2U’s compliance controls are rigorous and risk-based; the allegations about 2U’s marketing and recruiting practices are completely without merit.
Isolated instances of student dissatisfaction do not support a conclusion of a systemic issue regarding 2U's marketing or recruiting practices. 2U acknowledges that isolated instances of dissatisfaction are one too many and are committed to a continued effort to strive for quality experiences for all students.
Myth: OPMs like 2U drive up tuition costs.
Fact: Affordable online education is better for students and better for 2U’s business.
From the beginning, 2U’s mission has been to increase access to the world’s best higher education through online learning. Developing affordable, high-quality online education options for students is a top priority. Over the years, 2U has had numerous conversations with university partners about the student debt crisis in our nation and the urgent need to reduce the cost of higher education.
There is a common misperception that 2U benefits financially from more expensive tuition prices. But in reality, the higher the tuition price, the more expensive it is to market a program and attract students. Higher education is not an inelastic good. As tuition prices go up, student demand goes down, which leads to even higher marketing costs that are shouldered by 2U, not the university.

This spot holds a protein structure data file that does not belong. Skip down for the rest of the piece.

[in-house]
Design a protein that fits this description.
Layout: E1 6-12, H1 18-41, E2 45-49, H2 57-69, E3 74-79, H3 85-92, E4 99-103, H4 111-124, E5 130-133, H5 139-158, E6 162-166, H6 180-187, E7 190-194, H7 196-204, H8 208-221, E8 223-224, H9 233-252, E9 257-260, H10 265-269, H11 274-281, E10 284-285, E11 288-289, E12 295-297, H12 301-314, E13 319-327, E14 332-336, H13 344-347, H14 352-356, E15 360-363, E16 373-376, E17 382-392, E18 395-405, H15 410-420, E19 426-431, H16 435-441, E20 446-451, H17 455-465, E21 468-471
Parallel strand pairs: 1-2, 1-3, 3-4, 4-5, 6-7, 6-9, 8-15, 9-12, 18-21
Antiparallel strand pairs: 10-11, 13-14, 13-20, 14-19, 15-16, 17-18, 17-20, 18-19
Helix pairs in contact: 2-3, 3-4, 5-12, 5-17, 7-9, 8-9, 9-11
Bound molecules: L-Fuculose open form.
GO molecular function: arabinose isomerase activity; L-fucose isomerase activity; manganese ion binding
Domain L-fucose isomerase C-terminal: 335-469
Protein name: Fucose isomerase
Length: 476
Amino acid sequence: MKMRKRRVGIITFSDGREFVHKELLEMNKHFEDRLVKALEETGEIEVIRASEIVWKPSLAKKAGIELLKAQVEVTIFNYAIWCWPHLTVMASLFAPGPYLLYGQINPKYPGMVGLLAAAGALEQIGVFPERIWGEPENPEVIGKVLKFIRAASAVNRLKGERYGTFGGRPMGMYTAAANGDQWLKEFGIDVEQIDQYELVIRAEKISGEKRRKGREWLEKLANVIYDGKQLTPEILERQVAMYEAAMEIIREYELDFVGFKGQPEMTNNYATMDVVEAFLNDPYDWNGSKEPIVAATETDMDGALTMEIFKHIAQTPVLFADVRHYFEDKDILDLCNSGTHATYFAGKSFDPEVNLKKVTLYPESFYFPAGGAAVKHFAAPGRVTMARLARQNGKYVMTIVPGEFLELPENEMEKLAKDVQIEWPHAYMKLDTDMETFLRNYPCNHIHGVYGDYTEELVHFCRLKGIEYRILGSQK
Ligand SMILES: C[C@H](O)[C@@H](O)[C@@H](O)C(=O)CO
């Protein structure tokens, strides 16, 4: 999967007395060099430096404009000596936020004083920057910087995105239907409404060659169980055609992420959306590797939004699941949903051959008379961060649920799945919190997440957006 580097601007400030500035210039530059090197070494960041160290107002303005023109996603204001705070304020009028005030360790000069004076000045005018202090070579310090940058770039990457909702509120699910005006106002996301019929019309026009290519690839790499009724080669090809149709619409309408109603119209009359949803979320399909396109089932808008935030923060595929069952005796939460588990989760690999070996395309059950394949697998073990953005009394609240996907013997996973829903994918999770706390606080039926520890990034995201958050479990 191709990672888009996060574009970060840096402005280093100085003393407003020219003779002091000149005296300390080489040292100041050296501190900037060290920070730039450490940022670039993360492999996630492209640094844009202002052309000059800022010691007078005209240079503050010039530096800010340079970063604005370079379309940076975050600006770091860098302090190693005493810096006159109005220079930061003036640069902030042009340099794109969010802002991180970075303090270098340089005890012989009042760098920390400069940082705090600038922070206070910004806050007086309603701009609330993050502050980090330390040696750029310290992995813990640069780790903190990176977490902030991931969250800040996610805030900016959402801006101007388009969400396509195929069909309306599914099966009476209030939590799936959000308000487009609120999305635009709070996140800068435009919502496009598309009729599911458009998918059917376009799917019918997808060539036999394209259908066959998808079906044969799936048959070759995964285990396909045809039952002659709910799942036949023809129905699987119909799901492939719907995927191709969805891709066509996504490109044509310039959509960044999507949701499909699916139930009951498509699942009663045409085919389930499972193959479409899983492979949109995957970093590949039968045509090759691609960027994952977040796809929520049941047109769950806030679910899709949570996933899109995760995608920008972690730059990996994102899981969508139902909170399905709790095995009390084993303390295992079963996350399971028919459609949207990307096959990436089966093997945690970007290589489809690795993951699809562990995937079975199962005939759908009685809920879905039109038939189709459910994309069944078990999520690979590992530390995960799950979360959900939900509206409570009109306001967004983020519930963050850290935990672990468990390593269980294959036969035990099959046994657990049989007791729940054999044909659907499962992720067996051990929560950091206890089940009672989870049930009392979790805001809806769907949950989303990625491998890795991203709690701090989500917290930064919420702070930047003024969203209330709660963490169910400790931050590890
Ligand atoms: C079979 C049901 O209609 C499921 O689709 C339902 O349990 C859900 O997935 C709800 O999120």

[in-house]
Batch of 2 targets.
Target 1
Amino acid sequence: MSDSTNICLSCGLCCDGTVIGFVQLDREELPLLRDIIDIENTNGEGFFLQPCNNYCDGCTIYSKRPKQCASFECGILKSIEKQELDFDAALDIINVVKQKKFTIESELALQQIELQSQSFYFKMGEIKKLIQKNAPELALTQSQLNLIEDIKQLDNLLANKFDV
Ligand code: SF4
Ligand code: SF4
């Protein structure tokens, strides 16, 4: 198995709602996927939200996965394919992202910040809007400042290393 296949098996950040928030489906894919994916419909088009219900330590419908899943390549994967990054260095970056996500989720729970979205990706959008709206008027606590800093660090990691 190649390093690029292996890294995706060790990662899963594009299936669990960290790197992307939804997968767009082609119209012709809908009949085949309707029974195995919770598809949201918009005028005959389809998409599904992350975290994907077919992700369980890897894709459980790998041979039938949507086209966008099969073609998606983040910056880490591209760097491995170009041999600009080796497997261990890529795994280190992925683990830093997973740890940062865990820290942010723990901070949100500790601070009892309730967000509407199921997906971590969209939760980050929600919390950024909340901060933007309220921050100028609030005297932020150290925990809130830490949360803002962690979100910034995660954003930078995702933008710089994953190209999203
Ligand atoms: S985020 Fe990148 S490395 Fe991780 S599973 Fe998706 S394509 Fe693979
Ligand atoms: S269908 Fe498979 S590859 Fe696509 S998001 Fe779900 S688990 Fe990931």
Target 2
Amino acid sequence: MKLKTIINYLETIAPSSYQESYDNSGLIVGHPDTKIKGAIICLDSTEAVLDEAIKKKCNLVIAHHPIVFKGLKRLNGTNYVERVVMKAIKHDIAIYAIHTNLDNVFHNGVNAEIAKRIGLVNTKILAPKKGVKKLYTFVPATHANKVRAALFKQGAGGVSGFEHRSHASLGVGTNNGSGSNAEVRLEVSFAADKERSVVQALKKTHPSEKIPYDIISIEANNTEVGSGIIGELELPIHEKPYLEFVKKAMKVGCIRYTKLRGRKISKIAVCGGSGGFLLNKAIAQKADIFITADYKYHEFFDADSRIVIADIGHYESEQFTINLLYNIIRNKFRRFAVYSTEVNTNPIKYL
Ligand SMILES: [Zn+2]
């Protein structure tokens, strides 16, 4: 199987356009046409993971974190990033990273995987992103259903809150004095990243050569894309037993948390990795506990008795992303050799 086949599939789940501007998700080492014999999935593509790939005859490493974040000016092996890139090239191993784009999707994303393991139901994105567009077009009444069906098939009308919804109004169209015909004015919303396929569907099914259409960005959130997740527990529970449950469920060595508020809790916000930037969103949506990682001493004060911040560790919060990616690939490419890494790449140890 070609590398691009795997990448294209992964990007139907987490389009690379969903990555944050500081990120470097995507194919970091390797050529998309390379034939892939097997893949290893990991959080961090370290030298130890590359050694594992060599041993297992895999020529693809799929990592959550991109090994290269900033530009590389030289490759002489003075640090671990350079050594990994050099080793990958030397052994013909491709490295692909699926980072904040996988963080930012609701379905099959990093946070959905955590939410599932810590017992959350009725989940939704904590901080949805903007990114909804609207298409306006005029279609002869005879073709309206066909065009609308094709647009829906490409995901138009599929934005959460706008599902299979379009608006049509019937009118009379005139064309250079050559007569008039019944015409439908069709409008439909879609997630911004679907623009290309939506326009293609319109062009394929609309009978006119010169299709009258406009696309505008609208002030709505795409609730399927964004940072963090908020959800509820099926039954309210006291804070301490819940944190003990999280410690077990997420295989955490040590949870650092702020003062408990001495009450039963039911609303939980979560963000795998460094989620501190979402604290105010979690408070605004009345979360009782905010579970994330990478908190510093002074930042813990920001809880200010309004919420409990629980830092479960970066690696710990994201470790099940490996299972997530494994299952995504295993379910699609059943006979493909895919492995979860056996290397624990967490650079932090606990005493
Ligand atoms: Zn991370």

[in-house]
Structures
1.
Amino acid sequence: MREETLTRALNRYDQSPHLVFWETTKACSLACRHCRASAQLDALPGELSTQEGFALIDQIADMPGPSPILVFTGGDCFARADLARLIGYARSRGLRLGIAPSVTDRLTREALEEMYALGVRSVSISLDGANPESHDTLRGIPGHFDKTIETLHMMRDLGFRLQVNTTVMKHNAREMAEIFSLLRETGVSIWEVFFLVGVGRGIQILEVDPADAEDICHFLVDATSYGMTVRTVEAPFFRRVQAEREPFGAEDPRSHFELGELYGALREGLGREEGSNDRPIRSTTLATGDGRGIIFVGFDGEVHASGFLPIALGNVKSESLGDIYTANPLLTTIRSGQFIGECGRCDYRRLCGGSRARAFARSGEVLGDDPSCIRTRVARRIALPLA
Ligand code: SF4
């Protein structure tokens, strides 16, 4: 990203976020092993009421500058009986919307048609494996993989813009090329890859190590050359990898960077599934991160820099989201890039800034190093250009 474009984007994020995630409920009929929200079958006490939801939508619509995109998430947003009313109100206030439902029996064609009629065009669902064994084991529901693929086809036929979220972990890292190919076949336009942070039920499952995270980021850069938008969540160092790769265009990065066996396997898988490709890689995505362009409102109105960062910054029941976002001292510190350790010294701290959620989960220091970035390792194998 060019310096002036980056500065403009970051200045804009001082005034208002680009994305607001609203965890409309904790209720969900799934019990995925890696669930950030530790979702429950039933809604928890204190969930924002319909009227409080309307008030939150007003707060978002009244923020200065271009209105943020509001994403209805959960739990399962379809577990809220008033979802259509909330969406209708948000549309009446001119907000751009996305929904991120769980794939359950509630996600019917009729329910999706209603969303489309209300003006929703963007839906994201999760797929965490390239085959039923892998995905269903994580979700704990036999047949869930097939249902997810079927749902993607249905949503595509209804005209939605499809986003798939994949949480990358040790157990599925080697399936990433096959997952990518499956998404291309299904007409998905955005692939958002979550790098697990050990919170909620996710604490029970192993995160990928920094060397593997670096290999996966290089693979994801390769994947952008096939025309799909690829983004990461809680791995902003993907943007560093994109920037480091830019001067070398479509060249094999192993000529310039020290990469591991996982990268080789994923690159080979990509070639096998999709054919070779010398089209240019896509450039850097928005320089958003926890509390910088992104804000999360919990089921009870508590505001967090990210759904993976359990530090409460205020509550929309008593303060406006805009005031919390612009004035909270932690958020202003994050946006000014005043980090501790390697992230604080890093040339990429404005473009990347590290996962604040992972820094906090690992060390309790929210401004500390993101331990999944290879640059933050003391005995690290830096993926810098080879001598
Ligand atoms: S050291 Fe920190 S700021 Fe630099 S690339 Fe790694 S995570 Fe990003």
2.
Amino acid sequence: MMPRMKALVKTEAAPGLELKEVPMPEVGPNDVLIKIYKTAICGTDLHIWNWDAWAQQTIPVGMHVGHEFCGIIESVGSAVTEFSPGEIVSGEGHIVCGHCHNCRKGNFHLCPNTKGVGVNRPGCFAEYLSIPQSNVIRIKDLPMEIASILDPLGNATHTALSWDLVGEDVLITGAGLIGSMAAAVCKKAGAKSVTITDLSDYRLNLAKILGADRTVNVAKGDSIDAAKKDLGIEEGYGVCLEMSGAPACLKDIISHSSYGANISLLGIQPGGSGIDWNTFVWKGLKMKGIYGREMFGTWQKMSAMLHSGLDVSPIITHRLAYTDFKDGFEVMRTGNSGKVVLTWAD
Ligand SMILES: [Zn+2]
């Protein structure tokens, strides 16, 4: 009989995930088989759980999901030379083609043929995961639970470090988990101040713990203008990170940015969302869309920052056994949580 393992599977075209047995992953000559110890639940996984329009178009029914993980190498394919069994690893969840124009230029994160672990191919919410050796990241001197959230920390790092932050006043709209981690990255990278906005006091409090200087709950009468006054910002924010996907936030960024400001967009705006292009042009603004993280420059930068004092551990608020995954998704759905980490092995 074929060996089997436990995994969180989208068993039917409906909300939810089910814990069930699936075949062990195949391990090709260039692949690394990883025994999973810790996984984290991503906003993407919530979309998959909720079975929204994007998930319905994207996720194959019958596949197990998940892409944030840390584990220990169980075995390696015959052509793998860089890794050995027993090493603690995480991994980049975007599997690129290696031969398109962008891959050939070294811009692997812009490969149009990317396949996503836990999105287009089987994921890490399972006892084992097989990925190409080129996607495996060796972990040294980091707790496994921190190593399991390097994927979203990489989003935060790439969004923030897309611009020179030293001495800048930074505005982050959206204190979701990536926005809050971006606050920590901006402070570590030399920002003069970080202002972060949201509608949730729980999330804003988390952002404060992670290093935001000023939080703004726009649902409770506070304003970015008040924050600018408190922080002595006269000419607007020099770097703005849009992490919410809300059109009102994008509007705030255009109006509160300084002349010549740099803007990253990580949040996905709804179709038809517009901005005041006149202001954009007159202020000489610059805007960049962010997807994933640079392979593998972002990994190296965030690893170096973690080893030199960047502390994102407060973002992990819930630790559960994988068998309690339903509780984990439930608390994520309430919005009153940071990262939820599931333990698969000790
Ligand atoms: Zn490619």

Lower tuition prices are not only a win for students, but they also financially benefit 2U’s business. That’s why 2U has strongly and consistently advocated for lower prices, all while respecting the institutional independence of partners to set tuition rates. Over the years, 2U has seen the positive impact of these efforts as more and more 2U partners have reduced tuition, launched disruptively-priced new degrees, and introduced innovative financing models that benefit students.